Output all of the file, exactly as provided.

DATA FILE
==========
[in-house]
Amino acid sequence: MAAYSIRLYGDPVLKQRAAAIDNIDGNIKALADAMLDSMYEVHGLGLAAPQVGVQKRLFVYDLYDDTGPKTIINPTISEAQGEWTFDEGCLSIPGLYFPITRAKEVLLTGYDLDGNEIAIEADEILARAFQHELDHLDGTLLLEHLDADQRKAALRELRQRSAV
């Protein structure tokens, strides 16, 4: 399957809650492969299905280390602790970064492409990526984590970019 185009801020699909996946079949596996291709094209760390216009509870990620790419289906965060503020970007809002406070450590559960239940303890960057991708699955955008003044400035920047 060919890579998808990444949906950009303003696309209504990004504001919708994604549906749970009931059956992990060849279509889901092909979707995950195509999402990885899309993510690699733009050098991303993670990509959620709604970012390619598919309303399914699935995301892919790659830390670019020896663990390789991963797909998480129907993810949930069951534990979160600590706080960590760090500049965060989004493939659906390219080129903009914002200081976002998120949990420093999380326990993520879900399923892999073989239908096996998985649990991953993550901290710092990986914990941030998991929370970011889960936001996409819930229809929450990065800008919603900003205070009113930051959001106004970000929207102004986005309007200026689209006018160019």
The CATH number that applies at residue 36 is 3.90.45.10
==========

[in-house]
Amino acid sequence: MAAYSIRLYGDPVLKQRAAAIDNIDGNIKALADAMLDSMYEVHGLGLAAPQVGVQKRLFVYDLYDDTGPKTIINPTISEAQGEWTFDEGCLSIPGLYFPITRAKEVLLTGYDLDGNEIAIEADEILARAFQHELDHLDGTLLLEHLDADQRKAALRELRQRSAV
């Protein structure tokens, strides 16, 4: 399957809650492969299905280390602790970064492409990526984590970019 185009801020699909996946079949596996291709094209760390216009509870990620790419289906965060503020970007809002406070450590559960239940303890960057991708699955955008003044400035920047 060919890579998808990444949906950009303003696309209504990004504001919708994604549906749970009931059956992990060849279509889901092909979707995950195509999402990885899309993510690699733009050098991303993670990509959620709604970012390619598919309303399914699935995301892919790659830390670019020896663990390789991963797909998480129907993810949930069951534990979160600590706080960590760090500049965060989004493939659906390219080129903009914002200081976002998120949990420093999380326990993520879900399923892999073989239908096996998985649990991953993550901290710092990986914990941030998991929370970011889960936001996409819930229809929450990065800008919603900003205070009113930051959001106004970000929207102004986005309007200026689209006018160019």
The CATH number that applies at residue 36 is 3.90.45.10